Rock Paper Scissors, the classic hand game that most of us learned as children, has unexpectedly risen to become a popular spectator sport. The game, which involves two players choosing between rock, paper or scissors, may seem simple, but it has become a fast-paced and entertaining competition.
The origins of Rock Paper Scissors can be traced back to ancient China, where it was known as “shoushiling.” The game eventually spread around the world, becoming a popular pastime for children and adults alike. However, it wasn’t until recently that it became a legitimate sport with its own tournaments and champions.
The rise of professional Rock Paper Scissors can be attributed to the World RPS Society, which was founded in 2002 by brothers Douglas and Graham Walker in Toronto, Canada. The society was created to standardize the rules of the game and organize tournaments.
Since its founding, the World RPS Society has hosted annual championships, attracting competitors from all over the world. The championships consist of various rounds of Rock Paper Scissors, with the winner advancing to the next round until there is only one champion left standing. The tournament has even introduced a level of strategy, with players attempting to psych out their opponents with fake-out moves and bluffs.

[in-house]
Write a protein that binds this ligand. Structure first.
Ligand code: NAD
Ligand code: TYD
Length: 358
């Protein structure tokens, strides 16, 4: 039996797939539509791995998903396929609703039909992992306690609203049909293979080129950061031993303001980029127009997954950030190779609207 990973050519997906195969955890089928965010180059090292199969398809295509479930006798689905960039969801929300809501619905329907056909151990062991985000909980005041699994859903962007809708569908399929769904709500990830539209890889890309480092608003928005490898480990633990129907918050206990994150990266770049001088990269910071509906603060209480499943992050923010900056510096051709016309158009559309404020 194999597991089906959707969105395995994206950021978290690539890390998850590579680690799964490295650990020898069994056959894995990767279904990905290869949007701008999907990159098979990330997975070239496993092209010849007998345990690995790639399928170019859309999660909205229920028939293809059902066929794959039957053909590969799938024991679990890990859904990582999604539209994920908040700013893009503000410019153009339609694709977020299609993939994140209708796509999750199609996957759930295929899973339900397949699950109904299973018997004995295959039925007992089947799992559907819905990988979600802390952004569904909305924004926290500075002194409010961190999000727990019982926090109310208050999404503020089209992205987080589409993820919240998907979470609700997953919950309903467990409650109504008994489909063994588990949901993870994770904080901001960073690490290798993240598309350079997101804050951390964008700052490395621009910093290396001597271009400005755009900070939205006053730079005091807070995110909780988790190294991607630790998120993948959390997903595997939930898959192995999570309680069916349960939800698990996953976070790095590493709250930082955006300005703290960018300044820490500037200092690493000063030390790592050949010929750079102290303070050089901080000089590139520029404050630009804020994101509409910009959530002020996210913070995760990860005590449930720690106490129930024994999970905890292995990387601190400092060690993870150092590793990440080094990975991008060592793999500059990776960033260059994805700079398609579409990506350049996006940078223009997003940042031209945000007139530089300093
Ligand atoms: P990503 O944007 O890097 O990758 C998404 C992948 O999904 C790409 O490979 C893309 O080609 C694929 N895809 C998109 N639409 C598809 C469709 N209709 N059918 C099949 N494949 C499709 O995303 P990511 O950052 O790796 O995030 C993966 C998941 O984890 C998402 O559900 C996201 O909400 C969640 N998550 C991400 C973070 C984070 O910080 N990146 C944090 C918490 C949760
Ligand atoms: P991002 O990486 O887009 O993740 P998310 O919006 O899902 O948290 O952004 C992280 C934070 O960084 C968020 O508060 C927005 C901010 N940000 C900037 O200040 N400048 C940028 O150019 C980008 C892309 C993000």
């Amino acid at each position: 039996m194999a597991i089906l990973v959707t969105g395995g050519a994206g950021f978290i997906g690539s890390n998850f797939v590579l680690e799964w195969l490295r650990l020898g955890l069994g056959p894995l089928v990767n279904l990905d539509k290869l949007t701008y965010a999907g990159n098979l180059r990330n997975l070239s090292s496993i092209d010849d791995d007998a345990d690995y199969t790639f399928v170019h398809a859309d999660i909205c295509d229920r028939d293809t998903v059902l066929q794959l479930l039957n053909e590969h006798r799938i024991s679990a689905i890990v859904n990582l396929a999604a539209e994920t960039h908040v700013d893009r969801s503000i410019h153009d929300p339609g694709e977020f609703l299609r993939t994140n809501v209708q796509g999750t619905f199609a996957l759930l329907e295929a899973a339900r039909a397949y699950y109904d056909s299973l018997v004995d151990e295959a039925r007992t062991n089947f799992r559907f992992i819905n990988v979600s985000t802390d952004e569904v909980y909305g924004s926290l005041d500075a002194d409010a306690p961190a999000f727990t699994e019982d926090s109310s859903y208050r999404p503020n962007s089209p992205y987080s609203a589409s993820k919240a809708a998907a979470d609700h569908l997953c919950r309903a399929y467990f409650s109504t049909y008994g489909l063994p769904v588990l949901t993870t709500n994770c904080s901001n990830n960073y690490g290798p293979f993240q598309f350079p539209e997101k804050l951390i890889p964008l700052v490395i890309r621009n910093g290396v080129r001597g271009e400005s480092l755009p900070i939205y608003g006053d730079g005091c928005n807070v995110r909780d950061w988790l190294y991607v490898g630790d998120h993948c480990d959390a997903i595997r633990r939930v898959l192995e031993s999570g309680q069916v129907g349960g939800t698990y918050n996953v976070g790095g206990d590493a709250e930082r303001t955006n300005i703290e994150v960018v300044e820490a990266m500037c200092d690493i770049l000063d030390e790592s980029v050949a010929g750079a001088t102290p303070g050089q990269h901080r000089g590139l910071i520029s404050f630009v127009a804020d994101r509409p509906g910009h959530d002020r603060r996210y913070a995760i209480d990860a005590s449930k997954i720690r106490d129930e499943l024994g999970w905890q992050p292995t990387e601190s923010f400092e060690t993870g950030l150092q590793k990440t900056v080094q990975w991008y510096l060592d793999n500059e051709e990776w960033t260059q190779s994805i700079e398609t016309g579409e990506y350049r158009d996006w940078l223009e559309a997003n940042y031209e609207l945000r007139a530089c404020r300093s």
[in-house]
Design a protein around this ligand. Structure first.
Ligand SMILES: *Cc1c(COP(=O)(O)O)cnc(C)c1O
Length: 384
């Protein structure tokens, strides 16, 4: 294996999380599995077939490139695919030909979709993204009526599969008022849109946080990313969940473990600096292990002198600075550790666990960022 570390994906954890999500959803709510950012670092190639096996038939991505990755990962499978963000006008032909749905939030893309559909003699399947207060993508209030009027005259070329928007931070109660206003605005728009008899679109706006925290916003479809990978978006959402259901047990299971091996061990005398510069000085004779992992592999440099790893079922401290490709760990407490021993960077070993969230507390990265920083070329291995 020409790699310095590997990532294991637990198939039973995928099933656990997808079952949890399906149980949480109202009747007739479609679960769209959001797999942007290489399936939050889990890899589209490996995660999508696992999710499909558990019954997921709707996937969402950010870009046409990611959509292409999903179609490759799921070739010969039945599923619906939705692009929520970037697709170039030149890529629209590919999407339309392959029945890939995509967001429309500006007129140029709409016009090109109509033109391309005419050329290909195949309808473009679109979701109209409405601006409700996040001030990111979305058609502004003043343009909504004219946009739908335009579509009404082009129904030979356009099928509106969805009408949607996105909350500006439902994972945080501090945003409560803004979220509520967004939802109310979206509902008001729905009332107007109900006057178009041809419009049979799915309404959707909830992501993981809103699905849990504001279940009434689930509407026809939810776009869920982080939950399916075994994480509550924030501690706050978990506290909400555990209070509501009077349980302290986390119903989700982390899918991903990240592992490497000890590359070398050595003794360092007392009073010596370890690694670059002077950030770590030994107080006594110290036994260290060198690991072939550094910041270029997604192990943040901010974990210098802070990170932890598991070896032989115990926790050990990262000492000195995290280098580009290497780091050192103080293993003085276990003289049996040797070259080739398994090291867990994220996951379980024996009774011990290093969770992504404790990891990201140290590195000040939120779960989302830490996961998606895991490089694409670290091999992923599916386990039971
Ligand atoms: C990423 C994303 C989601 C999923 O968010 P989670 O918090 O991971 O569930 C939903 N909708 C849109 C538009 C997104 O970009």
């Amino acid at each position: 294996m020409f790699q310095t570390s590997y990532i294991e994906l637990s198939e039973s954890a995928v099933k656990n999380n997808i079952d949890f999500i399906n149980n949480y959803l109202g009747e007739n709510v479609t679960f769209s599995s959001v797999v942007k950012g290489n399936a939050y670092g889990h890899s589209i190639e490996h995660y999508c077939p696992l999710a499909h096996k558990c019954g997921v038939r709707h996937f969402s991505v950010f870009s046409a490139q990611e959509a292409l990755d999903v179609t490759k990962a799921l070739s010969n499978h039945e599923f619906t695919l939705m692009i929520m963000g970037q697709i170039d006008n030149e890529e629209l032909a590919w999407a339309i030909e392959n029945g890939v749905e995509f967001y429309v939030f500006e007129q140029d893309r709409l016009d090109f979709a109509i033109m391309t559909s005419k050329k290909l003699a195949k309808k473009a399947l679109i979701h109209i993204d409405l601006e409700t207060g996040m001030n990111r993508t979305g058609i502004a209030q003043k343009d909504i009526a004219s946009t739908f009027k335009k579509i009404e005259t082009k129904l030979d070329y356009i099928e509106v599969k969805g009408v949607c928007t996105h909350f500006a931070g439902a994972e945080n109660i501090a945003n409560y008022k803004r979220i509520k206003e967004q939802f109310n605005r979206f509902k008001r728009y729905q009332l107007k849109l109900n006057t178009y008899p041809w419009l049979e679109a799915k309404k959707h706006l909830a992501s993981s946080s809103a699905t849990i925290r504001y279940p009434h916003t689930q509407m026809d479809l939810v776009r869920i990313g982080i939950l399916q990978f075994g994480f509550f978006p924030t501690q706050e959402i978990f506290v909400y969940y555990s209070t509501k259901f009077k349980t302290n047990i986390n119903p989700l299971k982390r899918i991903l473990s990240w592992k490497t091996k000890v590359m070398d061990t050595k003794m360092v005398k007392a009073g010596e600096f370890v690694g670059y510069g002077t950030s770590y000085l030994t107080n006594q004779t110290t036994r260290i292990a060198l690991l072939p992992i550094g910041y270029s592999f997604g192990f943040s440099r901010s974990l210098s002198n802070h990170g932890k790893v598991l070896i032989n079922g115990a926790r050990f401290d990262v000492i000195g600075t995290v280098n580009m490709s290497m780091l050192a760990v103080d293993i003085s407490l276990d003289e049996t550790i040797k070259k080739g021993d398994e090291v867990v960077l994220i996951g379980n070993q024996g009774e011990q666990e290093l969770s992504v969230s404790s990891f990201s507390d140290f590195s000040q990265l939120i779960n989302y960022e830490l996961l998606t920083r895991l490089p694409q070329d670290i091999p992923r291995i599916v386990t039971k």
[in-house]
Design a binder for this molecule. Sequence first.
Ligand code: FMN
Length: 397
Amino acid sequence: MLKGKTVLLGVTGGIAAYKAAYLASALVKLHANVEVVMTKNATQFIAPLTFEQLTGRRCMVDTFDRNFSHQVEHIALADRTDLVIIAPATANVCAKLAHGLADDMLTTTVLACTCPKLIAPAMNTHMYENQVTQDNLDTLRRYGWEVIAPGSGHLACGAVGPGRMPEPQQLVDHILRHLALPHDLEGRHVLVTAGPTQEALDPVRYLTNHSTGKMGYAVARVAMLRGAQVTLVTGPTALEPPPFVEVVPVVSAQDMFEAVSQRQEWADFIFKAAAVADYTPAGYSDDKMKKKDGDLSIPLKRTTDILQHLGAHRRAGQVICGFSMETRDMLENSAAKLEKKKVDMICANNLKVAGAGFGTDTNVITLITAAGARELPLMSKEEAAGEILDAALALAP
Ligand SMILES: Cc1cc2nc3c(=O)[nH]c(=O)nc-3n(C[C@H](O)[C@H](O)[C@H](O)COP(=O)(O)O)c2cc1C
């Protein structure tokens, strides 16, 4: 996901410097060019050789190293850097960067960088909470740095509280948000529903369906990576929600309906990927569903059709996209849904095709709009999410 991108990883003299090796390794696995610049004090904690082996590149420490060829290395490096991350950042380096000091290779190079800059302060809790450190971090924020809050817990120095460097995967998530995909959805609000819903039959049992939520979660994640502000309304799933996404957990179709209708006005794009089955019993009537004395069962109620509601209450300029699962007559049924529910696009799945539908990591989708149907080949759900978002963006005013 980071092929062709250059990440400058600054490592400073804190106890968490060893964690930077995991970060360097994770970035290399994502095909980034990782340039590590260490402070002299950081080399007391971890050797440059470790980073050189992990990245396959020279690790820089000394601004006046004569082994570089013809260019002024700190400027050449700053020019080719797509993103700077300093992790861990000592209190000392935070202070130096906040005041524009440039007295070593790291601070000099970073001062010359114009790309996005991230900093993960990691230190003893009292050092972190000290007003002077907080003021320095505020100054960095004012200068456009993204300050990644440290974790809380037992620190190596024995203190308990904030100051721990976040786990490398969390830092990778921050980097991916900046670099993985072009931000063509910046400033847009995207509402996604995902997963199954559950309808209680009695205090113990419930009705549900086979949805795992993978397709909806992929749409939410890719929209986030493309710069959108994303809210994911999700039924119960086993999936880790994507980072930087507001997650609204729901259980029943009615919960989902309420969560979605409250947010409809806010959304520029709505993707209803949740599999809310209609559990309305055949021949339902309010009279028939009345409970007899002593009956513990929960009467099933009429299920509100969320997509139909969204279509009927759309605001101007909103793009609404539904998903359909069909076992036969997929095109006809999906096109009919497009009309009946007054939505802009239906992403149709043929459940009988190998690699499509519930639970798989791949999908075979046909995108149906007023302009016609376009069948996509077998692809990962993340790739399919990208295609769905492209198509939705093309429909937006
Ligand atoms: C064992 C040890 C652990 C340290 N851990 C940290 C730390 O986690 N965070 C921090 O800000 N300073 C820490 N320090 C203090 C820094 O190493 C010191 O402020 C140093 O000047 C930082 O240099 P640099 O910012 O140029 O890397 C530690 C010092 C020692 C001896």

What started as a small-scale competition has grown into a worldwide phenomenon. In fact, there are now multiple Rock Paper Scissors leagues and championships worldwide, including the US Rock Paper Scissors League and the European Rock Paper Scissors Championship.
The popularity of Rock Paper Scissors as a spectator sport may seem surprising, but it’s not difficult to see why it has caught on. The game is simple enough for anyone to understand, and the fast-paced action makes it an exciting competition to watch. Plus, there’s always the element of surprise – while one player may seem to have the upper hand, a well-timed bluff can completely turn the game in their opponents’ favor.
Furthermore, Rock Paper Scissors is inclusive and accessible, making it easy for people of all ages and abilities to participate. It doesn’t require any specialized equipment or training, and can be played anywhere at any time.
It’s clear that Rock Paper Scissors has come a long way since its roots as a playground game. While some may still view it as a novelty, the rise of professional competitions and growing spectator interest suggest that it’s here to stay as a legitimate sport. Who knew that a game we all played as children would one day become a source of entertainment for audiences around the world?